We have all suffered hurts and betrayals. Choosing to forgive is a way to release the distress that arises again and again from the memory of these incidents—but forgiveness is often a long and difficult process.
This exercise outlines several steps that are essential to the process of forgiveness, breaking it down into manageable components. These steps were created by Robert Enright, Ph.D., one of the world’s leading forgiveness researchers. Although the exact process of forgiveness may look different for different people, most anyone can still draw upon Dr. Enright’s basic principles. In certain cases, it might help to consult a trained clinician, especially if you are working through a traumatic event.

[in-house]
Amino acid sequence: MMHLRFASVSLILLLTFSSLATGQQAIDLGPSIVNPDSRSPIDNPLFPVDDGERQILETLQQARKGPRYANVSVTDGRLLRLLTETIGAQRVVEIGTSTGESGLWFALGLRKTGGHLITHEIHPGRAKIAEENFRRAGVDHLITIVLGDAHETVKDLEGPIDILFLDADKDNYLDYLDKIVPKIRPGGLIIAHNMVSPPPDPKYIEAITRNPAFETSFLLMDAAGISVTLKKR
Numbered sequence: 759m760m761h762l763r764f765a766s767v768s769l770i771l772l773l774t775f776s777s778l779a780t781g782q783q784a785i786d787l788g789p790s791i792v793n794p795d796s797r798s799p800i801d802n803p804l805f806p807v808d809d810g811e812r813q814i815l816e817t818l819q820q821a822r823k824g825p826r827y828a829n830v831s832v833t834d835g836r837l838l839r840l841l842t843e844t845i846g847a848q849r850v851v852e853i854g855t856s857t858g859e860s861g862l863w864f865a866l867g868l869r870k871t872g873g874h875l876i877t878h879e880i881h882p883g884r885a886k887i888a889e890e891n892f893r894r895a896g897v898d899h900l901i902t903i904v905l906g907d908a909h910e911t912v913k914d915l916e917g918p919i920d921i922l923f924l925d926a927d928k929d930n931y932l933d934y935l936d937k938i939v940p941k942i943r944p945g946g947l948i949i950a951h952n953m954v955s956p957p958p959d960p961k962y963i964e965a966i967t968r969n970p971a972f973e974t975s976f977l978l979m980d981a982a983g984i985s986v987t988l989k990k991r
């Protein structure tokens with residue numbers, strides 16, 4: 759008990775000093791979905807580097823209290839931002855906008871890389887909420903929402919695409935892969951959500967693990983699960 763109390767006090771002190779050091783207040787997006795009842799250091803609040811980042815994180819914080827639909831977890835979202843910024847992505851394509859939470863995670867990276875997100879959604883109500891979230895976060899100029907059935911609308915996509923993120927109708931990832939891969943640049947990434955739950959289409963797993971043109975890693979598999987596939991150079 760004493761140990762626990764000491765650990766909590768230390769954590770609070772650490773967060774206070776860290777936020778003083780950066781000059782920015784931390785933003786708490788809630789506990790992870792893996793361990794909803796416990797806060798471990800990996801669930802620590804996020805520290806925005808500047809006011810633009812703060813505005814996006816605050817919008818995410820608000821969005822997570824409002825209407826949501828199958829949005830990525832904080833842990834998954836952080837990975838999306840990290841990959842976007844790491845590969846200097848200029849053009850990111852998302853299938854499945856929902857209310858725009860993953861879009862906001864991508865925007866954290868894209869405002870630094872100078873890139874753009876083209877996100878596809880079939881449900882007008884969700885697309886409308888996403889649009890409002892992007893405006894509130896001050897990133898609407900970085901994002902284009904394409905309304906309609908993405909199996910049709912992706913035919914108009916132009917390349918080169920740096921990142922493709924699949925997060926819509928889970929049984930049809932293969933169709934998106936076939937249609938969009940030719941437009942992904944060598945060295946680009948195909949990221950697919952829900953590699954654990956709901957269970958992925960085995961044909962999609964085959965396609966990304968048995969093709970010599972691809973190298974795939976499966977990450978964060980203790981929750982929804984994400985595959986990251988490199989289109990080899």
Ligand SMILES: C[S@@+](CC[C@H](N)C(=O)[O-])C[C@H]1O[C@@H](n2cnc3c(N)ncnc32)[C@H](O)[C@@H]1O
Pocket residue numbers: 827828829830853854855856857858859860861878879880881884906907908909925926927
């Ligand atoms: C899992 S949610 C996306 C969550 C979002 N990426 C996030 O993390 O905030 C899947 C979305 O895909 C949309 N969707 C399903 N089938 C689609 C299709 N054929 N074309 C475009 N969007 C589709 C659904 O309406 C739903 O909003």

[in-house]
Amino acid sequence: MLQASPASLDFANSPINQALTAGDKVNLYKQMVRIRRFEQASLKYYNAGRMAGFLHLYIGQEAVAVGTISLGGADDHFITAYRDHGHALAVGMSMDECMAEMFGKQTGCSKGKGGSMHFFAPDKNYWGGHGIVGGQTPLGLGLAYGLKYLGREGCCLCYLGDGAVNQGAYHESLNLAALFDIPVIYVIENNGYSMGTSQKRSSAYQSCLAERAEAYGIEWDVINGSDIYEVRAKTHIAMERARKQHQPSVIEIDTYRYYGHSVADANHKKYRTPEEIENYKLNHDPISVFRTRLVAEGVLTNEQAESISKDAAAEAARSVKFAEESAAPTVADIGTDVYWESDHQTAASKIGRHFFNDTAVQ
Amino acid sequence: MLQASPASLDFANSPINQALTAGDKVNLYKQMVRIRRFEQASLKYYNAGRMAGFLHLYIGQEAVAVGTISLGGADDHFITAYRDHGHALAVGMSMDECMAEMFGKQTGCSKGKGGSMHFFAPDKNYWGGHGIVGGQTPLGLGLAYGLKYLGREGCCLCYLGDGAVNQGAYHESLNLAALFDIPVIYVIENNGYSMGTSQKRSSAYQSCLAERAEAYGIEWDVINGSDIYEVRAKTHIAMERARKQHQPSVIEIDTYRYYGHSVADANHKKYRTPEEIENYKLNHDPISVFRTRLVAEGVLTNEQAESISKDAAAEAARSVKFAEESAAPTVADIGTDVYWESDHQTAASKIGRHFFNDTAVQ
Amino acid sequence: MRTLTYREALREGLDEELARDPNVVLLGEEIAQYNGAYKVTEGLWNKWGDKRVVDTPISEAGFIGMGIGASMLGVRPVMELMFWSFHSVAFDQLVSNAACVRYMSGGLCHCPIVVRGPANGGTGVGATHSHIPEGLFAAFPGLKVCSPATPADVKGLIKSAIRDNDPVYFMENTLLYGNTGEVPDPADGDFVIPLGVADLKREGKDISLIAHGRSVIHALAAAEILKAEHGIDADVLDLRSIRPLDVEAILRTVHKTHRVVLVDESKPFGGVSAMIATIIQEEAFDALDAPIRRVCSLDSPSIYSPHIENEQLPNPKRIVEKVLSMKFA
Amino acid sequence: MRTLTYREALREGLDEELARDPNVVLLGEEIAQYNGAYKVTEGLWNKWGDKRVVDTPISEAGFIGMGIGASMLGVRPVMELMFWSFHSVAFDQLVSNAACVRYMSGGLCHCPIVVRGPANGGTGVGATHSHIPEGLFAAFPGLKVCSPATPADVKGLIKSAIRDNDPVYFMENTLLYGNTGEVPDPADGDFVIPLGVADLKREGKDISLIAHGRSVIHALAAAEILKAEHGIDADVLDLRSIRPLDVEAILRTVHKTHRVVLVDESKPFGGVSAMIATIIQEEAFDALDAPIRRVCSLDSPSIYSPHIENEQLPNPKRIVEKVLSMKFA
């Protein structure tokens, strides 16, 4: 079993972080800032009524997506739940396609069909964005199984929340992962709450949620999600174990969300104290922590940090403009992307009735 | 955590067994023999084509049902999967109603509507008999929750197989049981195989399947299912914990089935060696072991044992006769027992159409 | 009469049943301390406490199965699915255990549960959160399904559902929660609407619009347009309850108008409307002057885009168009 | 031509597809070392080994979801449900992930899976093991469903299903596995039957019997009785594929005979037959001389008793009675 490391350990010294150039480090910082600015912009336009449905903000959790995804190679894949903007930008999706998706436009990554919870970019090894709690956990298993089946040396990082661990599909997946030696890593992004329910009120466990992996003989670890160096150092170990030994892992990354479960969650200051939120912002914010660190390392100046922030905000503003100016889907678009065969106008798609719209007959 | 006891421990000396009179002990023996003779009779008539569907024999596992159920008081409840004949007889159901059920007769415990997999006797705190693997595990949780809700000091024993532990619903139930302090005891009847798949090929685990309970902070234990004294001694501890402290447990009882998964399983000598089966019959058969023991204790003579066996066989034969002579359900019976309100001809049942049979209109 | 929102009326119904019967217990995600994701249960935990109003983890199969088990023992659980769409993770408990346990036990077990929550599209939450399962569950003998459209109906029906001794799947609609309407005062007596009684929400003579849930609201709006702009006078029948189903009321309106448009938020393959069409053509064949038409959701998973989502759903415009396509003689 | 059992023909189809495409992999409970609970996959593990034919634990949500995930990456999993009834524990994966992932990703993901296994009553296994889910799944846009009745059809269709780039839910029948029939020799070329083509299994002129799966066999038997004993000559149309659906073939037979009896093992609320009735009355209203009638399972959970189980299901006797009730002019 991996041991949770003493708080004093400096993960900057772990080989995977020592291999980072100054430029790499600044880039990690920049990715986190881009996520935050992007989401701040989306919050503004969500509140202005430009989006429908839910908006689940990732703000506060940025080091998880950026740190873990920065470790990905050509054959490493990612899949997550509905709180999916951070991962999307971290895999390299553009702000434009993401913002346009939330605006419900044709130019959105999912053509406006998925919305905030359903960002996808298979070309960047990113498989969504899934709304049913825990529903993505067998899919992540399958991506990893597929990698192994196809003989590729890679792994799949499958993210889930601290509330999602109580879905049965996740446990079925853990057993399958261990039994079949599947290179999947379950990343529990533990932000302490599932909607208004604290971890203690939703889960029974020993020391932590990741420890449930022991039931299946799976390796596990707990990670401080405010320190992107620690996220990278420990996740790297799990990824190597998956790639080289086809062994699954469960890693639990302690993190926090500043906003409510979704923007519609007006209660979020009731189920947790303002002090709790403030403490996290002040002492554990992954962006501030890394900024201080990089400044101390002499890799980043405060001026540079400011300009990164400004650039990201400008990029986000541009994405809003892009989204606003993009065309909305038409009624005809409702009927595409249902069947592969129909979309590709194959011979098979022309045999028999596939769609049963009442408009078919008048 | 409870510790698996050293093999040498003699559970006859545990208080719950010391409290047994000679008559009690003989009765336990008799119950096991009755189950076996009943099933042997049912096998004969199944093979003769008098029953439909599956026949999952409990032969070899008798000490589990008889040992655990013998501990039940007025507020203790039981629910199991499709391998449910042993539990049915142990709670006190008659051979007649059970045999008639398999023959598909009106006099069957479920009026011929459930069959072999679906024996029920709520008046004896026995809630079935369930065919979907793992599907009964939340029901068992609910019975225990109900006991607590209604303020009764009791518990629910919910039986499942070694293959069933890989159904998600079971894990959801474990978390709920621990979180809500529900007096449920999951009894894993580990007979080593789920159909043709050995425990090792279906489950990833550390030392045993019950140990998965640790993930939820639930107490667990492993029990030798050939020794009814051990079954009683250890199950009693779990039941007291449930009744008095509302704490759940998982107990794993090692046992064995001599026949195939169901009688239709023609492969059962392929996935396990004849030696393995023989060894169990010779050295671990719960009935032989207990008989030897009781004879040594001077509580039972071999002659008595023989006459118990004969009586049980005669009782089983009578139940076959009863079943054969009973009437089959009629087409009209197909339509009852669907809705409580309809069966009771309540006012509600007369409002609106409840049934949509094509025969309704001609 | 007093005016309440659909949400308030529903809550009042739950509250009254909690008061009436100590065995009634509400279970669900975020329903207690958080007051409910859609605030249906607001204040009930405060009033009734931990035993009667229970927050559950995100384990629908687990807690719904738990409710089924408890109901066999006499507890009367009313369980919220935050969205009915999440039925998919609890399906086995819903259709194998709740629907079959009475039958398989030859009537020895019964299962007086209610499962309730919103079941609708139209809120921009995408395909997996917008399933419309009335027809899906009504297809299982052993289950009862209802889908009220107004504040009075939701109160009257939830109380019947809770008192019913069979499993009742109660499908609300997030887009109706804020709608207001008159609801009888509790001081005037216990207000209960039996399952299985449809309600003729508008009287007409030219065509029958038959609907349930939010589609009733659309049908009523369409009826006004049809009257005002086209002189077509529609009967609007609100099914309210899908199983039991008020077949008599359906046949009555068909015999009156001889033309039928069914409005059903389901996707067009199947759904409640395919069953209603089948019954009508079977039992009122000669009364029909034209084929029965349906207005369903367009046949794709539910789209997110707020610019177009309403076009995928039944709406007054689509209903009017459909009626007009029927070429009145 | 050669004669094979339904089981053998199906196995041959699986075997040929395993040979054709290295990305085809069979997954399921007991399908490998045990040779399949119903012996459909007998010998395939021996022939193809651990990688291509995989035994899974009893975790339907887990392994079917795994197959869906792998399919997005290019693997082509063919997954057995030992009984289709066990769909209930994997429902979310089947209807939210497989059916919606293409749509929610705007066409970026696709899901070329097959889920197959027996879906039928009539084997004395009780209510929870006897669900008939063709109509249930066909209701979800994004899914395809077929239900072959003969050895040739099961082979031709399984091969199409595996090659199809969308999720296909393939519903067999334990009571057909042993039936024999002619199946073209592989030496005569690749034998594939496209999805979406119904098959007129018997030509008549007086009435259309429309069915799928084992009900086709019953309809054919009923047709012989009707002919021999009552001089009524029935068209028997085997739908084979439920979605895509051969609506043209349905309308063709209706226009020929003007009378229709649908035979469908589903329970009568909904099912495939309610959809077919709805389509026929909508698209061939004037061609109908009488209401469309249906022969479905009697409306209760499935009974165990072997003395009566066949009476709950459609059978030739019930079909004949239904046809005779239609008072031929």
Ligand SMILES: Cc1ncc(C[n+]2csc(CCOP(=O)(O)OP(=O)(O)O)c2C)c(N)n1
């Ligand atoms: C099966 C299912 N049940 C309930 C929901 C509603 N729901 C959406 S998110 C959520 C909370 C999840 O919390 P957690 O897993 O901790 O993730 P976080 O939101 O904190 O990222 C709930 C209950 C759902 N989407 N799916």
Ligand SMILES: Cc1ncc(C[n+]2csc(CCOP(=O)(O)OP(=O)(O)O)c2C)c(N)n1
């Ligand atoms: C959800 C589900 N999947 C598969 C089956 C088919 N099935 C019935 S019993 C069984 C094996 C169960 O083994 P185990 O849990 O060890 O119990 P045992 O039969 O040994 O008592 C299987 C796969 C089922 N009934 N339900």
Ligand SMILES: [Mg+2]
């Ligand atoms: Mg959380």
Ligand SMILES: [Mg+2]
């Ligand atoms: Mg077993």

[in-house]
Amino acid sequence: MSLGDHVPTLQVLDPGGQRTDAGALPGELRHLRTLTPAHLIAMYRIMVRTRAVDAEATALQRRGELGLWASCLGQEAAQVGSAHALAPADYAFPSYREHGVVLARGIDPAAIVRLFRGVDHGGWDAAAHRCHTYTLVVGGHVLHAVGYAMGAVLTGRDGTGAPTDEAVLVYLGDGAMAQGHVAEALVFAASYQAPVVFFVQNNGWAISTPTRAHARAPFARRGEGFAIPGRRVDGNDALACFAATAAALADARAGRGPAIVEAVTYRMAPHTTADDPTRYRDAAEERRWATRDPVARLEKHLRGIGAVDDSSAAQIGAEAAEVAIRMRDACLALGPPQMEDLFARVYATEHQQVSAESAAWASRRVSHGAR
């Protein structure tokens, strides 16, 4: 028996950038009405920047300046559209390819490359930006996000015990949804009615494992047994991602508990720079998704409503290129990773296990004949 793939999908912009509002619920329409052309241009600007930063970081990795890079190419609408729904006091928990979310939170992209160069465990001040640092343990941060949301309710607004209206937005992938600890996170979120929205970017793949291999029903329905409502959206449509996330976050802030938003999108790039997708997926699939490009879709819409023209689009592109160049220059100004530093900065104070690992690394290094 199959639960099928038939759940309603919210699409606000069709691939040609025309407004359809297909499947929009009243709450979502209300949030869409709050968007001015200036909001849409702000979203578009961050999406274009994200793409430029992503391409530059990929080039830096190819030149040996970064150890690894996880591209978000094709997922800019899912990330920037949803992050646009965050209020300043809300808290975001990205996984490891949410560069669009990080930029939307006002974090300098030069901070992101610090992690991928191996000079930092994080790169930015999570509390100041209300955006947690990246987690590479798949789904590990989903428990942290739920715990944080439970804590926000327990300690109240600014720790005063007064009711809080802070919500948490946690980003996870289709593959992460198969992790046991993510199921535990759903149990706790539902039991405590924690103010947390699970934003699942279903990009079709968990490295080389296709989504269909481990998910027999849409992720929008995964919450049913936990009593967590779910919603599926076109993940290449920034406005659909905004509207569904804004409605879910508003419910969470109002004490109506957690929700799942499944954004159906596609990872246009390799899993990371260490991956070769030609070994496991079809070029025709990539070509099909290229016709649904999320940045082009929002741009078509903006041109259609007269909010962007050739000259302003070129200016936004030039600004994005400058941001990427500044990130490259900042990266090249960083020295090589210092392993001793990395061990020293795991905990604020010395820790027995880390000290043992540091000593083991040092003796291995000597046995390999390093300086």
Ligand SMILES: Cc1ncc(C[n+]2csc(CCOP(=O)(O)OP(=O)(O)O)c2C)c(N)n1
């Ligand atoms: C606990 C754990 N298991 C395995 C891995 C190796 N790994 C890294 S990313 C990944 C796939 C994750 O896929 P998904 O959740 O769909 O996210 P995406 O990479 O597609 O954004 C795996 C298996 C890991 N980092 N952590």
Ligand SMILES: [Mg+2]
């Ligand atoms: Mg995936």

And remember, everyone forgives at his or her own pace. We suggest that you move through the steps below based on what works for you.HOW TO DO IT:
1. Make a list of people who have hurt you deeply enough to warrant the effort to forgive. You can do this by asking yourself on a 1-to-10 scale, How much pain do I have regarding the way this person treated me?, with 1 involving the least pain (but still significant enough to justify the time to forgive) and 10 involving the most pain.…